A Forbes overviewnoted that it is recovery time actual(RTA) which is "the critical metric for business continuity and disaster recovery."
RTA is established during exercises or actual events. The business continuity group times rehearsals (or actuals) and makes needed refinements.
A recovery point objective (RPO) is defined by business continuity planning. It is the maximum targeted period in which data (transactions) might be lost from an IT service due to a major incident.
If RPO is measured in minutes (or even a few hours),then in practice, off-site mirrored backups must be continuously maintained - a daily off-site backup on tape will not suffice.
Recovery that is not instantaneous will restore data/transactions over a period of time; the goal is without incurring significant risks or significant losses.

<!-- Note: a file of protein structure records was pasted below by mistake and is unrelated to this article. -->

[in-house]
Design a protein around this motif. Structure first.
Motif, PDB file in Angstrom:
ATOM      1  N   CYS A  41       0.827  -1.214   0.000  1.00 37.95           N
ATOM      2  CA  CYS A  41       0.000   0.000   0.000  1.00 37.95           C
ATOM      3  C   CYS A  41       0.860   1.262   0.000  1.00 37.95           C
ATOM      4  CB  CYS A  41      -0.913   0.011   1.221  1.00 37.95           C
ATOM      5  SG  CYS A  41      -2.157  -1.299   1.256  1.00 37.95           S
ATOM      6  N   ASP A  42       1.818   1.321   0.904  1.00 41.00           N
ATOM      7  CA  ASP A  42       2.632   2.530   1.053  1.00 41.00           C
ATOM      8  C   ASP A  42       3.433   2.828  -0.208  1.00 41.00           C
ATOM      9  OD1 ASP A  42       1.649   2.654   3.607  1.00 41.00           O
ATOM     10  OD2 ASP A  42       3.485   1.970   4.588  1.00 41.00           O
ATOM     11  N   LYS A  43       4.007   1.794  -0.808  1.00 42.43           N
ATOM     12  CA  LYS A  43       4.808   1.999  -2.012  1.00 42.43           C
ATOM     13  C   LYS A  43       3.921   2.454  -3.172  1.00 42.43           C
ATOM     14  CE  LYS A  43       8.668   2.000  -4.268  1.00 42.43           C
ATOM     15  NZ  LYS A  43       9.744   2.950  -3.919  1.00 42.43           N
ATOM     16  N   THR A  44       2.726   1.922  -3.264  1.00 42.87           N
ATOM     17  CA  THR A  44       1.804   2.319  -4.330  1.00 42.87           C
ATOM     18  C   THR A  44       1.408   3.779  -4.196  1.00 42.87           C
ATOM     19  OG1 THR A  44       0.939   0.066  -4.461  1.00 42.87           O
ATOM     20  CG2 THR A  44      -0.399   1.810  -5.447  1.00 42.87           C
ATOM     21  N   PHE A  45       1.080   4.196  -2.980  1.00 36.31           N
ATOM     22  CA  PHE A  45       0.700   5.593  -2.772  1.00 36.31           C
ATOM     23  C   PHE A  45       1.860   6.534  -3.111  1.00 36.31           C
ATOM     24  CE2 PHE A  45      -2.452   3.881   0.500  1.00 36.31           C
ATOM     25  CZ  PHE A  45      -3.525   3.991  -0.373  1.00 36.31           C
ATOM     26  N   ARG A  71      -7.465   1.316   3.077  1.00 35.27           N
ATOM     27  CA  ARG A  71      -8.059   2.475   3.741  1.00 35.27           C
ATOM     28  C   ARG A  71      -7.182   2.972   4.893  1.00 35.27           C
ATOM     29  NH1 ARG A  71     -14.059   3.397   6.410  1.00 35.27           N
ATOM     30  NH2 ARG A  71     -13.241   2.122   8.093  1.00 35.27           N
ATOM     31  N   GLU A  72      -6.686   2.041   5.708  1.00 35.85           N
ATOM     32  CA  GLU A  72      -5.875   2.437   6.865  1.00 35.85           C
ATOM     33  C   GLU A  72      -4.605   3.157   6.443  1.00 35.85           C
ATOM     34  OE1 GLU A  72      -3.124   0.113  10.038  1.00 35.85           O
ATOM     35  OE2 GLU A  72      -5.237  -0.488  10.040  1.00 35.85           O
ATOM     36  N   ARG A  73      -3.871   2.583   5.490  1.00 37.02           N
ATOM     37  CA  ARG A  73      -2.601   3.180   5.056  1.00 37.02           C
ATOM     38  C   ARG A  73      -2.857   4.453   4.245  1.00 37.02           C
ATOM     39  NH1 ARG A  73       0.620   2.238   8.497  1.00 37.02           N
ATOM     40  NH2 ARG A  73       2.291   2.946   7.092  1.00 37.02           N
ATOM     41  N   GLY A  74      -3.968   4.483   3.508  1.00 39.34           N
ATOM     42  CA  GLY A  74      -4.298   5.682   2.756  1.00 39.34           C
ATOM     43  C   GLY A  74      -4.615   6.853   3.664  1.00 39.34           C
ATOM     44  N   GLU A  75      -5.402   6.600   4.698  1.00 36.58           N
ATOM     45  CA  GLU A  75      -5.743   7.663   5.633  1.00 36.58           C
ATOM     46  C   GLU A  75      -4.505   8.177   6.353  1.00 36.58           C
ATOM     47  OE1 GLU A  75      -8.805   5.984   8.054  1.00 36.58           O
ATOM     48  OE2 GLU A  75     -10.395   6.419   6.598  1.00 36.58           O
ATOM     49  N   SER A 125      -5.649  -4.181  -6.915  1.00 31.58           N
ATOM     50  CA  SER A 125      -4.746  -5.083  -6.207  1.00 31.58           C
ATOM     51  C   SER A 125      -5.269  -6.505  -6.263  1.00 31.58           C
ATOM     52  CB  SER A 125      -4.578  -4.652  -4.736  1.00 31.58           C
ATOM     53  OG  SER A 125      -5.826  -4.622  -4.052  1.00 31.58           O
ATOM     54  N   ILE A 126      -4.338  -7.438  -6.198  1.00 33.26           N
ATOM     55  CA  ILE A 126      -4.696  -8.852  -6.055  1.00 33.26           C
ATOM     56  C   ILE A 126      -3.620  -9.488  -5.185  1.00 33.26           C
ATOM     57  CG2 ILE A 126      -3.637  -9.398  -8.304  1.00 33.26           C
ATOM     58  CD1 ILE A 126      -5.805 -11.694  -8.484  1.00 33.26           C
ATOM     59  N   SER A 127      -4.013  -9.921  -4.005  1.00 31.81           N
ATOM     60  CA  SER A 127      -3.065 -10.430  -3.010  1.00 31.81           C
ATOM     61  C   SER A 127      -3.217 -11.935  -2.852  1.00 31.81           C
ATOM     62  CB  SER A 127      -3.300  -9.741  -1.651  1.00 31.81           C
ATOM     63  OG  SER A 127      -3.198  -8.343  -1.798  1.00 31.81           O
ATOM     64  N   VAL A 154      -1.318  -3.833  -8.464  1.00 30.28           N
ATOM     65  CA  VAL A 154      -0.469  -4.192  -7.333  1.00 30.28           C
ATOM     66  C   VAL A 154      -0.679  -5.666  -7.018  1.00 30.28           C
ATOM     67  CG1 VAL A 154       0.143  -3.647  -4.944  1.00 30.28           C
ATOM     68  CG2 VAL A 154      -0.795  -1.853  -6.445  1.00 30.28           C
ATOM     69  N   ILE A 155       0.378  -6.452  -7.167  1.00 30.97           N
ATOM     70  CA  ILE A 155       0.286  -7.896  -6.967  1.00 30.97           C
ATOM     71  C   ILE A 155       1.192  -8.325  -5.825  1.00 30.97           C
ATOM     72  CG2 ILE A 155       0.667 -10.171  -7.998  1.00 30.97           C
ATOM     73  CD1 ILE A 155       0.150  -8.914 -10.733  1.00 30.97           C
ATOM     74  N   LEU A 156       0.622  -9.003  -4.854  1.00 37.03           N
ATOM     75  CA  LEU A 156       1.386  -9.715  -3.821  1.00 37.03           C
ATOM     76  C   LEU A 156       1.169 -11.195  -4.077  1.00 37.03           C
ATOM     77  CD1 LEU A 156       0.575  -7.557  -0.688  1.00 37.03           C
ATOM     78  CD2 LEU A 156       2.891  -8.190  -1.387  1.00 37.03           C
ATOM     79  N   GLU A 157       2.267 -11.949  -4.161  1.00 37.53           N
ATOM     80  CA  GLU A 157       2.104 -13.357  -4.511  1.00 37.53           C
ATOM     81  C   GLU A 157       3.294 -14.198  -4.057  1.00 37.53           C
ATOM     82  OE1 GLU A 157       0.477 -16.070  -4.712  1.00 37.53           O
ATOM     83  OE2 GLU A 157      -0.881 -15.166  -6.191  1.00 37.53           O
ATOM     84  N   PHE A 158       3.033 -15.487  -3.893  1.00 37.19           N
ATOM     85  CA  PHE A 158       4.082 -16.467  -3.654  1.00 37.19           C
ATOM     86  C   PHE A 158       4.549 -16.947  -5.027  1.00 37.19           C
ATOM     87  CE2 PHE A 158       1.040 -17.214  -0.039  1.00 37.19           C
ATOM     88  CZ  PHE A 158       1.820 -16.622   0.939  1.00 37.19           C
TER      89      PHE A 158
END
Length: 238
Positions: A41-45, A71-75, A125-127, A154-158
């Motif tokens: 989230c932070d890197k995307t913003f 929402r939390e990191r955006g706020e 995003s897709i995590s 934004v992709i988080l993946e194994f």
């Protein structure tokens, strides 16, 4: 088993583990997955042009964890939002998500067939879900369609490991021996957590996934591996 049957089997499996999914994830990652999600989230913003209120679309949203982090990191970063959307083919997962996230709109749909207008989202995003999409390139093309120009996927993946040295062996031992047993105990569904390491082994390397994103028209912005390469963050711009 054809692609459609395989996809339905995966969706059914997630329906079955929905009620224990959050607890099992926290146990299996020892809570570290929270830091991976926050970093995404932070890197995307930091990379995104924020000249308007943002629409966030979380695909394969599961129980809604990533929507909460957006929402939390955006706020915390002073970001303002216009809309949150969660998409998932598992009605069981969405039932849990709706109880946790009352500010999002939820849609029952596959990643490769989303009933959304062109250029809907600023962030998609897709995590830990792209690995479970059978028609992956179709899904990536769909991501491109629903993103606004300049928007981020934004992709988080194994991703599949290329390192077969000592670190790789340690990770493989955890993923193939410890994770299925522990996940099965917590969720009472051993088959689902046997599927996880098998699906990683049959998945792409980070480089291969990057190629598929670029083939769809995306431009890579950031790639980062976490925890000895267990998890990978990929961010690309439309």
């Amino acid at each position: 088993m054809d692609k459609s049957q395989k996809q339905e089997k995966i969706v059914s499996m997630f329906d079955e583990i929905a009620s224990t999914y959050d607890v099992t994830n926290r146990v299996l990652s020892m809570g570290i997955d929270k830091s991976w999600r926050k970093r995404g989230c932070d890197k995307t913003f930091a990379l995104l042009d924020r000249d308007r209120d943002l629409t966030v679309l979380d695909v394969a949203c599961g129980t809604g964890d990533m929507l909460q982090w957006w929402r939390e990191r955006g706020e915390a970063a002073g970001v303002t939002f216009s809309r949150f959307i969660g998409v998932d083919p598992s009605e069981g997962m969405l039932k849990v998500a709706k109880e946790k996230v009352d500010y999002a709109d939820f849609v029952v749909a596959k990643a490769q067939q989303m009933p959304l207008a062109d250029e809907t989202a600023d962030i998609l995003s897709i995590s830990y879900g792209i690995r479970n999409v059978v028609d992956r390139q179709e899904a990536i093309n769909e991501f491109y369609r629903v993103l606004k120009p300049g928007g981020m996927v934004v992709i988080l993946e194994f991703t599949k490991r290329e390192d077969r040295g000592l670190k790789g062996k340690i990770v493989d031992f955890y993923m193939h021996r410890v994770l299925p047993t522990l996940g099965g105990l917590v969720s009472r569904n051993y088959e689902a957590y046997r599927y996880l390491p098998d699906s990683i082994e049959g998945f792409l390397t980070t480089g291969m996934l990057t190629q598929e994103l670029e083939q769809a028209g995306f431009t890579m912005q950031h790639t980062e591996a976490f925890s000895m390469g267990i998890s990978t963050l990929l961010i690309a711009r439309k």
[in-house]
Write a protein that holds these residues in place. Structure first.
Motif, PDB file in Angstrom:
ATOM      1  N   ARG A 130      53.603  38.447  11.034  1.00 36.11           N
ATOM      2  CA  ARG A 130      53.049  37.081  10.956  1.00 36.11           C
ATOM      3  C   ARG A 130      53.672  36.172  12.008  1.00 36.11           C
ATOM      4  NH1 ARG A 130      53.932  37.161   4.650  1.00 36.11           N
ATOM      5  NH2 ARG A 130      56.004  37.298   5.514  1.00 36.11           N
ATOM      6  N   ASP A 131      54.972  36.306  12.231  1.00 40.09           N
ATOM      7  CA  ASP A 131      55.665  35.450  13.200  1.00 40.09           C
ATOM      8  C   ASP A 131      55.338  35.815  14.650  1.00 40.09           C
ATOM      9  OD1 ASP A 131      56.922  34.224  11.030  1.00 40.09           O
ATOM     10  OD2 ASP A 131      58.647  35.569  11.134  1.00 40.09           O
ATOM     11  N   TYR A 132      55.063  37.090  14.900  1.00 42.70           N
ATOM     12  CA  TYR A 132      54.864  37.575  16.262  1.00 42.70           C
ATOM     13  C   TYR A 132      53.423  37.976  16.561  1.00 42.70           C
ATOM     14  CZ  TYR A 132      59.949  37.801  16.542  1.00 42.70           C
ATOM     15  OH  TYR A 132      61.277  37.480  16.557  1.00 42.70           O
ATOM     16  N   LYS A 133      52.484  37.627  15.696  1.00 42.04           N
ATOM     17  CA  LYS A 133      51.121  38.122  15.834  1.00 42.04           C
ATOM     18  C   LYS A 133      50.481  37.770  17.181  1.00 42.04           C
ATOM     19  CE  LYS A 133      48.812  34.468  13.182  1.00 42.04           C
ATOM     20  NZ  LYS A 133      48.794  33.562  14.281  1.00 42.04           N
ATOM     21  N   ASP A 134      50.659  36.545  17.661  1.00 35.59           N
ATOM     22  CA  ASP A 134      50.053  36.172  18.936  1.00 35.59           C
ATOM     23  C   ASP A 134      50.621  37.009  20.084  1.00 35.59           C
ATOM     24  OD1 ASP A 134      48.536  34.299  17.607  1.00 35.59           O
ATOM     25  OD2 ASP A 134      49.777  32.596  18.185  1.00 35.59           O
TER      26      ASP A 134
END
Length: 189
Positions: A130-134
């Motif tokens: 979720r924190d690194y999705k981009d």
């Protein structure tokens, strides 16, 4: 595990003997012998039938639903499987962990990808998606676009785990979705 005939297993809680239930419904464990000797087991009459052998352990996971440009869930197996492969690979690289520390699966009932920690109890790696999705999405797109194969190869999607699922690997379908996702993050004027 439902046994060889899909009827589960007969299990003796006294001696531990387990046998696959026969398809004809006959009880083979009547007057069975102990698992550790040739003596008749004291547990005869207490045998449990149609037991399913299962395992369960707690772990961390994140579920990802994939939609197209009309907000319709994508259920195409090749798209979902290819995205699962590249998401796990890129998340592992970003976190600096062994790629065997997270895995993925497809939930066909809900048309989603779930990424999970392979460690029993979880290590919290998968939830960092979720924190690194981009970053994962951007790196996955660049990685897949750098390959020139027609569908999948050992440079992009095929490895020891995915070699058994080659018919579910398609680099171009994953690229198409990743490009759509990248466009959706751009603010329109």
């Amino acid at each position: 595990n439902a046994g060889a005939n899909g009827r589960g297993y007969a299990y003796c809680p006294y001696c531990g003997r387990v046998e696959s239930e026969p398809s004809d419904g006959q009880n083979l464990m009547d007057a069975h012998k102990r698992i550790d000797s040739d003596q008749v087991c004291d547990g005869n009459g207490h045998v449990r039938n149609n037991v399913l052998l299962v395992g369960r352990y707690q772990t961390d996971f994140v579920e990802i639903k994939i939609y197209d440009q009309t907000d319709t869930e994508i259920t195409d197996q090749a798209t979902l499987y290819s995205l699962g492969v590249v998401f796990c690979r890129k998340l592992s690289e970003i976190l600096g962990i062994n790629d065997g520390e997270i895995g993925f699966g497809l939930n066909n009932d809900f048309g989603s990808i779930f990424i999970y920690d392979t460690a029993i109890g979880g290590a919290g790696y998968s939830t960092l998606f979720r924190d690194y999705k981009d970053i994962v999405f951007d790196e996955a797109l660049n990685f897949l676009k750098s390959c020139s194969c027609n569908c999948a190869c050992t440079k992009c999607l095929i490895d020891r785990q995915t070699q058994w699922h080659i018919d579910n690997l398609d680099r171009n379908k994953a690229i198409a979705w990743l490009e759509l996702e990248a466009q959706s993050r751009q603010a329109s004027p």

RPO measures the maximum time period in which recent data might have been permanently lost in the event of a major incident; it is not a direct measure of the quantity of such loss. For instance if the BC plan is "restore up to last available backup", the RPO is the maximum interval between such backup that has been safely vaulted offsite.
Two points should be noted. Firstly, business impact analysis is used to determine RPO for each service - RPO is not determined by the existent backup regime. Secondly, when any level of preparation of off-site data is required, the period during which data often starts near the time of the beginning of the work to prepare backups, not the time the backups are taken off-site.
Although a data synchronization point is a point in time, the timing for performing the physical backup must be included. One approach used is to halt processing of an update queue, while a disk-to-disk copy is made. The backup reflects the earlier time of that copy operation, not when the data is copied to tape or transmitted elsewhere.
RTO and the RPO must be balanced, along with all the other major system design criteria.